Saturday, August 14, 2010
Summer is winding down. The garden is certainly past its peak. I just want to sit quietly and take it all in. I need to be alone more, silent more. I sometimes feel like I spend the entire day scrambling, organizing, contriving, just so that I can be alone for a couple of hours in the garden (see photo below), and then half the time this is kiboshed by some unknown force anyway. During the week we rise at 5:30 or 6 and I've learned to head right to the spot above. I write in a notebook and also in my journal for at least an hour. This has mostly saved my sanity this summer, and I plan on continuing it in the fall, though I have so many notes, there will be a point when I need to work on the computer first thing.
Other summer sanity savers: Good books, mellow music, some wonderful movies, and most importantly, a rather ridiculous amount of wine.
I did read some excellent books this summer: a couple of novels and a book of essays by Siri Hustvedt were among my favorites.
Am currently loving this song.
But mainly, have felt too often like Ingrid Bergman in Gaslight.
Am happy with the increasing randomness of this blog. Once in a while I get a great idea for a project, or a series of interviews, and then I remember - I'm too damned tired and I'm writing a novel.
Meanwhile, I've finally figured out my 'comments issue.' The option to leave a comment has been there for quite a while, but you could only see it when you clicked on the post title. Long story short, I clicked the appropriate button, and voila, now they're visible on the main page as well. Also loving the new Blogger spam control which saves me from being spammed by people from overseas trying to sell purses in my comments.
Tuesday, August 10, 2010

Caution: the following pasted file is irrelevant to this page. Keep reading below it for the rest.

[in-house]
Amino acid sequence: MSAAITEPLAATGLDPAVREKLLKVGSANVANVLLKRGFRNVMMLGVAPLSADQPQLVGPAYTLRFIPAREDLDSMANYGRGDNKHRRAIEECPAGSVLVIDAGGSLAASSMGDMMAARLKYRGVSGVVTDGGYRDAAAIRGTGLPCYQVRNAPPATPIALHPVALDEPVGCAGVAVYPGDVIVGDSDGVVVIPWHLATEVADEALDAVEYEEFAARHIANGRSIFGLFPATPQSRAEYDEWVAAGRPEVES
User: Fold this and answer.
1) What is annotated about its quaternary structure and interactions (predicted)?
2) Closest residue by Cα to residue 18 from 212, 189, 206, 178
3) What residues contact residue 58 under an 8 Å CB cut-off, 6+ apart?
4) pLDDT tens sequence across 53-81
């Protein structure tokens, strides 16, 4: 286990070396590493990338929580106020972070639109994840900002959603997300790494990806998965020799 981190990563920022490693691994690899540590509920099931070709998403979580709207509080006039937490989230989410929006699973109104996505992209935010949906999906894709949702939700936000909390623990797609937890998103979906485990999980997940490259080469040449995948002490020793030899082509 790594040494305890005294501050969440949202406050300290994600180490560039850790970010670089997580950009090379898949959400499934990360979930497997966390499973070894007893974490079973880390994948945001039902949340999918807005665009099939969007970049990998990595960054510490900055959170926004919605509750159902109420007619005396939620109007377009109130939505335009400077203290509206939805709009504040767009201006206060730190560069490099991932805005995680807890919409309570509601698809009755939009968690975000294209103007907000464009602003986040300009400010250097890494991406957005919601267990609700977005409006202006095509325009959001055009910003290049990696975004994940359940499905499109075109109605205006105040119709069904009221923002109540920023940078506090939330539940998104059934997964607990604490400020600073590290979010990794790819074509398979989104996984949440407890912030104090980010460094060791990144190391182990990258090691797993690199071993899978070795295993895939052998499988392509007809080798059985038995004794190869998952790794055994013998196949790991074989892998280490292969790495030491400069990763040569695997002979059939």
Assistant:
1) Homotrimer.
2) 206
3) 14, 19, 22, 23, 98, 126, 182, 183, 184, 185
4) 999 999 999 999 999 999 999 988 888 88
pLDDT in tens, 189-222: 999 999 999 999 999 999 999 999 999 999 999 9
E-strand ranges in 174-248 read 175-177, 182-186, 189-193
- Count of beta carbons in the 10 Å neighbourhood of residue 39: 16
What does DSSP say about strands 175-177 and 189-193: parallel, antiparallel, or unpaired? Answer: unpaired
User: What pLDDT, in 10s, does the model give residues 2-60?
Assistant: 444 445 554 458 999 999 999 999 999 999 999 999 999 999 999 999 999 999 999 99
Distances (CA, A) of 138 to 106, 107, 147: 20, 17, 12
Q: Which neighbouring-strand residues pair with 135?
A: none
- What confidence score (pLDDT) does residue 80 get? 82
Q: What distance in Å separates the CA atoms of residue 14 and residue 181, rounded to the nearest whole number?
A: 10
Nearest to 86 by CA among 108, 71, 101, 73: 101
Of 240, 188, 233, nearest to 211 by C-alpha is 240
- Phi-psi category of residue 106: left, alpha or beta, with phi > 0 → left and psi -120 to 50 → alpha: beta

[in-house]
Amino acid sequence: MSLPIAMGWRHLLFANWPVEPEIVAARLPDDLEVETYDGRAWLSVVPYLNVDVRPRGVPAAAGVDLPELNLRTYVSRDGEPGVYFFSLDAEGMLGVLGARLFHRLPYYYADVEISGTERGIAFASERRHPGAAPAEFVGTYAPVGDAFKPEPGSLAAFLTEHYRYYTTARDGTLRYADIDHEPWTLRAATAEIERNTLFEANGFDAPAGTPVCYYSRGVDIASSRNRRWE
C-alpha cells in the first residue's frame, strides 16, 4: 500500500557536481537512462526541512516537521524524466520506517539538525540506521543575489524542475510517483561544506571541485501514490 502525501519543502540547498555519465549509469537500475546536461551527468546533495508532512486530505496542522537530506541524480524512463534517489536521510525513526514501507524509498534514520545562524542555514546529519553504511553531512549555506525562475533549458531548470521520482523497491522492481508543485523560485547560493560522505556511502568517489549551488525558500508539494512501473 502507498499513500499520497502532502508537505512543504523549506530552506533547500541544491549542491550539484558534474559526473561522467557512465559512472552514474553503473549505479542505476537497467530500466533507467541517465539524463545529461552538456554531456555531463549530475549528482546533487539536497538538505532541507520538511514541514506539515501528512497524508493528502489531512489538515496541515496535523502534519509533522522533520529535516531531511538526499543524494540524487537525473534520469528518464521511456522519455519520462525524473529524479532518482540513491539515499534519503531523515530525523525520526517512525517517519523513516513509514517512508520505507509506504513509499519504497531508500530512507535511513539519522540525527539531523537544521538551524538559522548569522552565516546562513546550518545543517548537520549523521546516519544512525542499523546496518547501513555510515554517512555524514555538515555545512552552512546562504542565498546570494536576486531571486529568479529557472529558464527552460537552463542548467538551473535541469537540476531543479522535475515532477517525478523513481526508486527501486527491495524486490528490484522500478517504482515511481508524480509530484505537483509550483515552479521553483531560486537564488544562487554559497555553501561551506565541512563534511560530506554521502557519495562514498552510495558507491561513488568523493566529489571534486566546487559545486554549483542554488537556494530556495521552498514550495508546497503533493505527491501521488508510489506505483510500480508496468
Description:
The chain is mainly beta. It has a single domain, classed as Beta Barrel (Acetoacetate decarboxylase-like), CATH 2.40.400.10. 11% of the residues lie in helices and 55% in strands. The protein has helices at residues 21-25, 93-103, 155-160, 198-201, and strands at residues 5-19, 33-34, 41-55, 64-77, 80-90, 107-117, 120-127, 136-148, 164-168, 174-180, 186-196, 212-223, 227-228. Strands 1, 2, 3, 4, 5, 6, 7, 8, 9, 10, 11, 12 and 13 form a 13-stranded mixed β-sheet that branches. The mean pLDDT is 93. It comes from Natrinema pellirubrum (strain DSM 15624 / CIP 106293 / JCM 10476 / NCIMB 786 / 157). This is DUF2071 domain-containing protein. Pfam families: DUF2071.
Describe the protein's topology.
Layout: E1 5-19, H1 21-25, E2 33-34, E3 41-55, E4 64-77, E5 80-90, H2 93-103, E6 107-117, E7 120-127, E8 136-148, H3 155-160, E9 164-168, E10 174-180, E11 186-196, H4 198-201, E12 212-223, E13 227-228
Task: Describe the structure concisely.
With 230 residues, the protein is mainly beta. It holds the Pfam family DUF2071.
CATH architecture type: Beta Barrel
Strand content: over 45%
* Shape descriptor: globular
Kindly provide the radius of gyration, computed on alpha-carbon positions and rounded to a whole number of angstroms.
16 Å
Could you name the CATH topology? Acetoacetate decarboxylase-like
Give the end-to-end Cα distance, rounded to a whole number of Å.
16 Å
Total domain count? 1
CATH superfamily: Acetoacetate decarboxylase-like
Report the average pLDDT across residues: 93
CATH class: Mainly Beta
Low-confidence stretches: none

There's nothing more grand than coffee in the backyard when your child is at a summer art camp. Unless, it's accompanied by a book of poetry written by a dear friend. To read Arrivals and Departures by Nina Berkhout is to be swept into a Rilkean sea, waves crashing, relentless and delicate, grief-filled and wise.
The pared down lines, the dangerous lull of the rhythmic waves that make up the poems, and the narrator's perfect distance, are utterly breathtaking in combination.
Monday, August 2, 2010
It is August. I'm exhausted. Feeling fragile. I've been having cravings for winter, the dead cold silence of winter. (This is obviously a form of madness). For alone. All these things will pass. When I'm not writing enough, I'm off-kilter. I'm falling apart.
Feathers often find me. I'm attuned to the sound of feathers falling. Usually they're white. I knew I had finished my novel, Hive, when I opened the front door and found a white feather. The novel ends with a white feather.
But this black one. It found me, I found it, it arrived, yesterday. I looked up the meaning on Ye Olde Web, and found this: "a black feather means the guardian of your soul is near." I looked no further. The primary character in my work in progress is interested / obsessed not only with purses and handbags, but with the philosophy of the soul. She needs a guardian for her soul. This black feather belongs to her.